Investing.com | Jul 15, 2020 11:16
The S&P 500 index, (also sometimes referred to as the S&P), measures the stock performance of the largest publicly-traded 500 companies in the US. These companies make up around 80% of the overall US stock market's value and cover approximately 24 separate industry groups.
For many investors, the S&P's performance shows how US equities, in general, are performing. This capitalization-weighted index is one of the most widely followed equity benchmarks worldwide.
Larger companies make up a greater portion of the index's value and influence its performance. In other words, each company does not simply represent 1/500 of the index, but is represented to a larger or smaller degree depending on its market cap. With a market cap of over $1.5 trillion, right now Microsoft (NASDAQ:MSFT) tops the S&P 500 list.
Considering all of the above, here's why market participants who want to gain exposure to the S&P 500, without necessarily investing in specific stocks listed on the index could consider buying the SPDR S&P 500 ETF (NYSE:SPY), an exchange-traded fund (ETF) based on the index. It is sometimes referred to by its nickname, "Spider," and can be bought or sold through a broker.
The SPY ETF value proposition is simple: essentially, it tracks the performance of the S&P 500 index. Investors gain exposure to the growth and profitability of US-based businesses without having to rely too heavily on any individual company’s performance.
An index typically tracks returns on a buy-and-hold basis and is therefore a passive investment approach. An ETF is a basket of securities — stocks, bonds, commodities, or some combination of these. Many ETFs track various indices, such as the S&P 500. Such broad-market index ETFs enable investors to diversify their portfolio holdings.
Launched in January 1993, SPY was the first exchange-traded fund listed in the US. Over the past three decades, ETFs have become one of the most popular passive investment vehicles among retail and professional investors. Low transaction costs and intraday liquidity are among their significant benefits for investors.
Unlike mutual funds, which allow investors to acquire or redeem shares only at the end of the trading day, ETFs enable market participants to trade their shares throughout the trading day continuously, just as one does with a stock.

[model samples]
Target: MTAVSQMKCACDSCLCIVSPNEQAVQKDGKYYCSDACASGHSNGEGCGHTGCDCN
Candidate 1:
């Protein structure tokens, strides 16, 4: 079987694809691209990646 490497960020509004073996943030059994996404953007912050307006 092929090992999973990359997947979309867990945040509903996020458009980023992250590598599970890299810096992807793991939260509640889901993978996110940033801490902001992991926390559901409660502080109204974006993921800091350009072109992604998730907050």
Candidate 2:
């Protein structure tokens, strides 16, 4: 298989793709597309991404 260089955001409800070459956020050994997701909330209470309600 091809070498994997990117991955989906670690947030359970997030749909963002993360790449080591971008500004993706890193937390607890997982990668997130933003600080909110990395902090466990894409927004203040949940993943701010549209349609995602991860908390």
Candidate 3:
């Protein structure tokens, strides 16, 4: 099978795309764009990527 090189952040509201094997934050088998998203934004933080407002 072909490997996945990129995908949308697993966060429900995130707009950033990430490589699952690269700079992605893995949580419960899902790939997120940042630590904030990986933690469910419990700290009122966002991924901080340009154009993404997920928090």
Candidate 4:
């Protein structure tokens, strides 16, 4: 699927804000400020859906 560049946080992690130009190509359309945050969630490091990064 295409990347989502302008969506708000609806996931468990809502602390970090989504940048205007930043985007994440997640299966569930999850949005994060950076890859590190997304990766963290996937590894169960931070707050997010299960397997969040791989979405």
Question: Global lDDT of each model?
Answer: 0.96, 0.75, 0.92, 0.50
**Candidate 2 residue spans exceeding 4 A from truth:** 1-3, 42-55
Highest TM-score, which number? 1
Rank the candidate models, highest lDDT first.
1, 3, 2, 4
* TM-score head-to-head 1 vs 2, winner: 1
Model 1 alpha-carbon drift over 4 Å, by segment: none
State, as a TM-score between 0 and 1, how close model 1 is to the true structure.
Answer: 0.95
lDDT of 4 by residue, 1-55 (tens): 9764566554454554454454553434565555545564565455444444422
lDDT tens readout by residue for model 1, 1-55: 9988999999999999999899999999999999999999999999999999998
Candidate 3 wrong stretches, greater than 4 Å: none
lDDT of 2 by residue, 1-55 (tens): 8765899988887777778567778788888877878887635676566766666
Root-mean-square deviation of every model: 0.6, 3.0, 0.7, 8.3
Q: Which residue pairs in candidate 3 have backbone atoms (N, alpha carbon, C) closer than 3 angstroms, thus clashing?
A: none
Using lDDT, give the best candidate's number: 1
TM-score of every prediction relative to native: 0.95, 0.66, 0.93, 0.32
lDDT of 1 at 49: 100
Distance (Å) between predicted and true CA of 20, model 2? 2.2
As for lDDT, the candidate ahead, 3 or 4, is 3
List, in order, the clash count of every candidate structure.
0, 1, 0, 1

In the second quarter of 2020, the S&P 500 index produced its best quarterly return (i.e., over 20%) since the fourth quarter of 1998, which was when the tech bubble burst.
In Q2, SPY—which is the most popular ETF by daily trading volume overall—tracked that performance of the S&P 500 index.
SPY started this year around $320, and on Feb. 19, hit an all-time high of $339.08. February and March saw the novel coronavirus become a global pandemic, affecting billions of people worldwide. As the size and nature of the health crisis became apparent, investors began de-risking their portfolios and stocks were rapidly sold off. On March 23, SPY hit a 52-week low of $218.26.
Since then, the comeback for the ETF has been remarkable. On July 13, SPY saw a recent intraday-high of $322.71. That means a return of over 47% in less than four months.
We have just entered a busy, and potentially mercurial earnings season. For example, on Tuesday, America's biggest banks reported second quarter results. In the coming weeks, given the recent stellar increase in the prices of many S&P 500 stocks, there may likely be short-term volatility and profit-taking in broader markets and SPY.
Microsoft, Apple (NASDAQ:AAPL) and Amazon (NASDAQ:AMZN) are the ETF's three largest holdings, making up about 17% of the fund's roster. To be exact, SPY holds 505 stocks, owing to multiple share classes for constituents such as Alphabet (NASDAQ:GOOGL) and (NASDAQ:GOOG); Berkshire Hathaway (NYSE:BRKa) and (NYSE:BRKb), plus a few others. SPY's top 10 holdings combine close to 30% of the fund's list.
Like any financial asset, an exchange-traded fund is not a one-size-fits-all solution. Investors would need to do full due diligence on a given ETF, such as the composition, managers, costs, and liquidity.
However, for new investors or those who do not want to select individual companies, SPY might be a potential cornerstone portfolio holding.
Written By: Investing.com
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